Scotland’s referendum on 18 September is a choice between union and significance or independence and irrelevance. Voters will decide whether to stay in the United Kingdom or to opt for full independence. The result will be unpleasant for Britain regardless of the vote. An opinion poll on 4 September put the pro-Union ‘No’ vote at 39% and the pro-independence ‘Yes’ vote at 38%, with 23% undecided. Over the last six weeks all the political momentum has been towards the independence camp. The large undecided vote reportedly reflects Scots Labour voters mulling their options while an increasingly panicked ‘No’ campaign makes concessions to hand tax and spending powers to the Scottish Government if they stay in the Union.
The referendum asks for a simple ‘yes/no’ answer to the question ‘Should Scotland be an independent country?’ A ‘yes’ vote, no matter how small the margin, puts Scotland irrevocably on track to full independence by March 2016. A narrow ‘no’ vote to stay with the Union is likely to be used by pro-independence campaigners to justify a continued push for full independence, as the Scottish National Party (SNP) has done through prior devolution votes in 1979 and 1997. A large ‘no’ vote, say more than 55%, is not likely given polling trends. So the best pro-Unionists might hope for is grumpy Scots, like the Canadian Québécois, hankering for independence and with expanded powers to block London’s attempts to run a ‘United’ Kingdom. However Scotland votes, a British general election, to be held no later than 7 May 2015 will give the departing or reluctantly-staying Scots one more chance to thumb their nose at Westminster.
Should the Scots vote for independence, Alex Salmond, the First Minister of Scotland and leader of the SNP, would negotiate the terms of separation with the UK. That will include deciding how to apportion ownership of the UK’s national debt and tax revenues. The British armed forces would be split, with the SNP arguing that Scots Regiments in the Army, along with a number of ships and aircraft would become the basis of a Scottish Defence Force. An independent Scotland would be anti-nuclear so the Trident submarines based at Faslane would need to relocate, presumably south. Scotland would establish its own intelligence apparatus, and seek membership of NATO and the European Union.
None of those outcomes will be easy for Salmond to deliver, notwithstanding the slick media campaign the SNP has put into describing the future of an independent Scotland. The UK Ministry of Defence has made it clear that London is unlikely to agree to a simple transfer of regiments, ships and aircraft as set out in the SNP White Paper on Scotland after independence. That document claimed that Scottish defence spending would amount to 2.5 billion pounds to sustain a military of around 15,000 regulars and 5,000 reserves. But that’s well above what London will willingly transfer to an independent Scottish military.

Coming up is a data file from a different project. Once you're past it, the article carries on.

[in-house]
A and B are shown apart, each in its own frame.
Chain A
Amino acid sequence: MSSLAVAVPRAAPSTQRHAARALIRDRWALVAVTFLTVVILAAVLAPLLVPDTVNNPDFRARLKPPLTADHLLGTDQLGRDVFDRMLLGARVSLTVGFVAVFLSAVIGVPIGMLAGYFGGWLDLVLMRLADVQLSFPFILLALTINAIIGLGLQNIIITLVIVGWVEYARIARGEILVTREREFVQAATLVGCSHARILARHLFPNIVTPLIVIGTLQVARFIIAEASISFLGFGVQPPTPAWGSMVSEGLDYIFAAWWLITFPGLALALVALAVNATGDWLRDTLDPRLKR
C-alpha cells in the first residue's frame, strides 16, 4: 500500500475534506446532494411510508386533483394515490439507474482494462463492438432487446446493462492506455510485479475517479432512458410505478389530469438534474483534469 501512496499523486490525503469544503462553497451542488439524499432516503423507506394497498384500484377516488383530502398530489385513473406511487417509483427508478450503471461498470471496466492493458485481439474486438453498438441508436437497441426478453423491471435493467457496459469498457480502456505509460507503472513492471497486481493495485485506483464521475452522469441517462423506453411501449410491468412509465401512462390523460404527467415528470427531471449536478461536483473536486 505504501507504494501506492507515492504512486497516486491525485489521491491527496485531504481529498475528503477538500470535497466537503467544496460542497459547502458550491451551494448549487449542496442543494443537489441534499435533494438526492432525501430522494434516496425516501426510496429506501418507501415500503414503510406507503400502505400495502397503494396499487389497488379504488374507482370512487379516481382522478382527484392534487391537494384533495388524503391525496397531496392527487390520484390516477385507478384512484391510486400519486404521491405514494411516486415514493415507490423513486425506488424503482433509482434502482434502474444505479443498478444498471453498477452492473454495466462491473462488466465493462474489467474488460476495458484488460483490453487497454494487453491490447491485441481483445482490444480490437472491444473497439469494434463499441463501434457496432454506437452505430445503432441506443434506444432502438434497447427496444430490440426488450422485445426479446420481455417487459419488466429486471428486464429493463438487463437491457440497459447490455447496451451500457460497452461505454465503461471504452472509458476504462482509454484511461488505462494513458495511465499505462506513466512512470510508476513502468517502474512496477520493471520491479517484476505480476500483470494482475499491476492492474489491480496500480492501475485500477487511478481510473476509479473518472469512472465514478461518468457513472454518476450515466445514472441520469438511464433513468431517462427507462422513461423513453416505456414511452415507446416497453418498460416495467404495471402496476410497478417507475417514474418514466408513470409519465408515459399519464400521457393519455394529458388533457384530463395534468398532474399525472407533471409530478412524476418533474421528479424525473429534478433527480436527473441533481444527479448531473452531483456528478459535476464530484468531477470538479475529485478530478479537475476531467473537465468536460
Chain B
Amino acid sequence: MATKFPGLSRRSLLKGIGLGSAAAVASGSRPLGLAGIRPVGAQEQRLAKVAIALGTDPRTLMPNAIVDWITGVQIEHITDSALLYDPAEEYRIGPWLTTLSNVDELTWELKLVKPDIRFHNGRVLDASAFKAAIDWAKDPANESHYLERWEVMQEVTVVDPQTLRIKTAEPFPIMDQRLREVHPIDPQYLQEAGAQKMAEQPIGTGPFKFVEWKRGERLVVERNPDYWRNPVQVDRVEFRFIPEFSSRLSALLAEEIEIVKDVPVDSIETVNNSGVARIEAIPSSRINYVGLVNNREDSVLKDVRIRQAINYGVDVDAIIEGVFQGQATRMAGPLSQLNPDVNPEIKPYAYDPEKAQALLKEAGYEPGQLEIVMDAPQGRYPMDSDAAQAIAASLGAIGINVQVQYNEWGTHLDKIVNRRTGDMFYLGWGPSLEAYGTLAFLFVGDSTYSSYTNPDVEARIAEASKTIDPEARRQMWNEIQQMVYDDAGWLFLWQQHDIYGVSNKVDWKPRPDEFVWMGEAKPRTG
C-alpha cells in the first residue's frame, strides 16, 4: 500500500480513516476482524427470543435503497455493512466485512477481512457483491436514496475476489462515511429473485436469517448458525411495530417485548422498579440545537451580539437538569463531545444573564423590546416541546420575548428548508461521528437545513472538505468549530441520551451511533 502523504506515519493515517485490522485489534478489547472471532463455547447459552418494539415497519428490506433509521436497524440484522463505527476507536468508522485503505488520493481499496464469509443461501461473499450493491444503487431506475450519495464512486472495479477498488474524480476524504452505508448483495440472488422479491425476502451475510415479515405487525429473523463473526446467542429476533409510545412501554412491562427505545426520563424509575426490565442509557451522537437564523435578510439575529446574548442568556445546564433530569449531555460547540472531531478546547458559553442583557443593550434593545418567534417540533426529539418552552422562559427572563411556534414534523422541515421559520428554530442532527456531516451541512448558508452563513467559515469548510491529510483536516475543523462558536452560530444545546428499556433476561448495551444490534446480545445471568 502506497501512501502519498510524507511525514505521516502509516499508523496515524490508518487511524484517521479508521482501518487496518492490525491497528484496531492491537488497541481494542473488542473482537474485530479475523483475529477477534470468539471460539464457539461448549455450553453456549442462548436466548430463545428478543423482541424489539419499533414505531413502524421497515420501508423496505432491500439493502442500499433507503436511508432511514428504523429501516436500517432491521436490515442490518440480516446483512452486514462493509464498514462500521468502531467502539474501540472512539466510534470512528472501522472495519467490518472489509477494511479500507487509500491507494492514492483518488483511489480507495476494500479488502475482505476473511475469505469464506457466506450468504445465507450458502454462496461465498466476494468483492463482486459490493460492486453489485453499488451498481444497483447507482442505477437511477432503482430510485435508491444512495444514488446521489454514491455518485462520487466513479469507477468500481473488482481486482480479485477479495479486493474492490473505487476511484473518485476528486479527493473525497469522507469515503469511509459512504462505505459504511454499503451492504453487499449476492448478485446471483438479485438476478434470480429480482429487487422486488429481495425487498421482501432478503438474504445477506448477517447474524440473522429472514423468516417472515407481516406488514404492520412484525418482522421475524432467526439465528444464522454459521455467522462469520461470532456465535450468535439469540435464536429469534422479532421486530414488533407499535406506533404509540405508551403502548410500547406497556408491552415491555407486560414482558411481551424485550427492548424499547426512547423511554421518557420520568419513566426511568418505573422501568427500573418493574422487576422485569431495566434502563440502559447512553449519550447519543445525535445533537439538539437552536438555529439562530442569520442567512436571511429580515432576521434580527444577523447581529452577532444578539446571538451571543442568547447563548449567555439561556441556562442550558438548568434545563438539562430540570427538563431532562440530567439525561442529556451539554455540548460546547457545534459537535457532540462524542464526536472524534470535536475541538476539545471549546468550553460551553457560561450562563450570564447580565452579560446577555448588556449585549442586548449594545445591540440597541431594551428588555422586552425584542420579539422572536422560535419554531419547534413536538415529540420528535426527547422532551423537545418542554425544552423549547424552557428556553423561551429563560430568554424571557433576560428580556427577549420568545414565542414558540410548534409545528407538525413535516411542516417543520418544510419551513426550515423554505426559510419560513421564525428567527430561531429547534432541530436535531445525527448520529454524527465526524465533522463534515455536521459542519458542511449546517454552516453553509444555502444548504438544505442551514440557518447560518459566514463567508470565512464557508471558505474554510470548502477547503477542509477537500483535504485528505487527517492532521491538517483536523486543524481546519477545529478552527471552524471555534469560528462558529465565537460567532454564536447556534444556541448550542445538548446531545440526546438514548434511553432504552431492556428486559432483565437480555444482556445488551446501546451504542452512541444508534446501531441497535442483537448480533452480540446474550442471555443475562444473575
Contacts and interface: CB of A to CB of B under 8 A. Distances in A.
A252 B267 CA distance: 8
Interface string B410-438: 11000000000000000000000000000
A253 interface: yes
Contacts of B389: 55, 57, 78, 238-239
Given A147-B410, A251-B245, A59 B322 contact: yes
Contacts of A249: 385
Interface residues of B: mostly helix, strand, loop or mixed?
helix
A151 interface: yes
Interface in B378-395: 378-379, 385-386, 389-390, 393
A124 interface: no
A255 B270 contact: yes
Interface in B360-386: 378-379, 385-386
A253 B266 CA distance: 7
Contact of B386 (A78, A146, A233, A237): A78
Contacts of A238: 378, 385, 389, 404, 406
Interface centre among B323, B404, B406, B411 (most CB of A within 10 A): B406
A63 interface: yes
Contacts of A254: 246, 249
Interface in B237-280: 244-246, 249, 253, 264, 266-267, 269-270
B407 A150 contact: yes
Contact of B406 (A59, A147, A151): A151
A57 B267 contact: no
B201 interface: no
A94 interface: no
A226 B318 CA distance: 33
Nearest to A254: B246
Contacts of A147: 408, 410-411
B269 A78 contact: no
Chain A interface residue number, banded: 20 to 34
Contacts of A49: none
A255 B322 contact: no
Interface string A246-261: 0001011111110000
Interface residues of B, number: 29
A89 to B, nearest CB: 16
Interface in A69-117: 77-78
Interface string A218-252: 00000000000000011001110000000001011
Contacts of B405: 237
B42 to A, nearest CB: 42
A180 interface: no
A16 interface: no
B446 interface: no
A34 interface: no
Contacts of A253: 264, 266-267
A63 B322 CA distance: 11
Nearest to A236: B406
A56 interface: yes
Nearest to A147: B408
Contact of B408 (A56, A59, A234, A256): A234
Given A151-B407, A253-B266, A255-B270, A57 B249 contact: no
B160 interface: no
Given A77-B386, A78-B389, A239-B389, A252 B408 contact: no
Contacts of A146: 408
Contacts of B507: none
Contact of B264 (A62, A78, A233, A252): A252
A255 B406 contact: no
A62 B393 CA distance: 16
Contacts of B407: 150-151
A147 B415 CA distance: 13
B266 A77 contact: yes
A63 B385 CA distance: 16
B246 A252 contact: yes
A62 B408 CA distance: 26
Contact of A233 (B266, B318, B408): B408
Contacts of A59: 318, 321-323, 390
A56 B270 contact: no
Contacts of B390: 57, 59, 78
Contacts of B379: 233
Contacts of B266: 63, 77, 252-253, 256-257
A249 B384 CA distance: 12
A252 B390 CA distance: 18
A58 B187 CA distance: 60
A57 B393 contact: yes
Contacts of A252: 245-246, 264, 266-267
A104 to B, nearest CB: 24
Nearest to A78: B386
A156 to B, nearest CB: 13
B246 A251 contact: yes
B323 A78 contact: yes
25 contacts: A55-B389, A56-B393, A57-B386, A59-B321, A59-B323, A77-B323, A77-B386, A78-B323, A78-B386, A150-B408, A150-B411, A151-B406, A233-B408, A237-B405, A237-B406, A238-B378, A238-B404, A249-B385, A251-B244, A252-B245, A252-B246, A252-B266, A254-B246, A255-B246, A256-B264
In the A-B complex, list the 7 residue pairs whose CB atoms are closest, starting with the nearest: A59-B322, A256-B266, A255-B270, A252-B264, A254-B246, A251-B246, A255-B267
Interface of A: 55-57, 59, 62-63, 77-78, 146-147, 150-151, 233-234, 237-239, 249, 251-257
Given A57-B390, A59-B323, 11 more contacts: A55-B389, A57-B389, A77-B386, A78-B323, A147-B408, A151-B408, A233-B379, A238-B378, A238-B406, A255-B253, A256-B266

It also seems unlikely that NATO and the EU will welcome yet another bit-player member. The Spanish, for one, don’t want to give comfort to separatist groups that propose to split from existing national structures. And Scotland’s determination to pursue an anti-nuclear path will give pause to the United States, which won’t be comfortable seeing NATO’s security guarantees extended to more countries unwilling to pull their weight by supporting extended nuclear deterrence. One can also forget the idea that an anti-nuclear Scotland will be inducted into an expanded Five Eyes intelligence community. After Edward Snowden? No chance. At best an independent Scottish military will be like a feisty small peacekeeper: helpful around the edges of European security, wonderful on parade, pointless in most other scenarios.
The key strategic point about an independent Scotland is not about what the Scots will do but how it will weaken the UK. London will sustain something less than a 10 % reduction of its own military capability—but that’s a serious decrement in a force already on the edge of viability. The future of the British nuclear deterrent will come under serious question. At precisely the moment the world needs a coherent Western response to the Islamic State, London will become reticent and introspective.
None of that’s good news for the handful of countries, Australia first among them, who put their soldiers into harm’s way for the good of global order. If the UK fades even further on the international stage, Australia will stand out more prominently as a country prepared to use military force for international good. Australia will rise a few more places on Washington’s check-list of indispensable allies. The Scots’ fantasy of playing dress-up—like extras in Brave Heart (thanks, Mel Gibson)—will translate into more serious international security tasks for Australia. Is it really Scotland’s fate to be a kilted Euro-peacekeeper? Time to get serious, Jocks!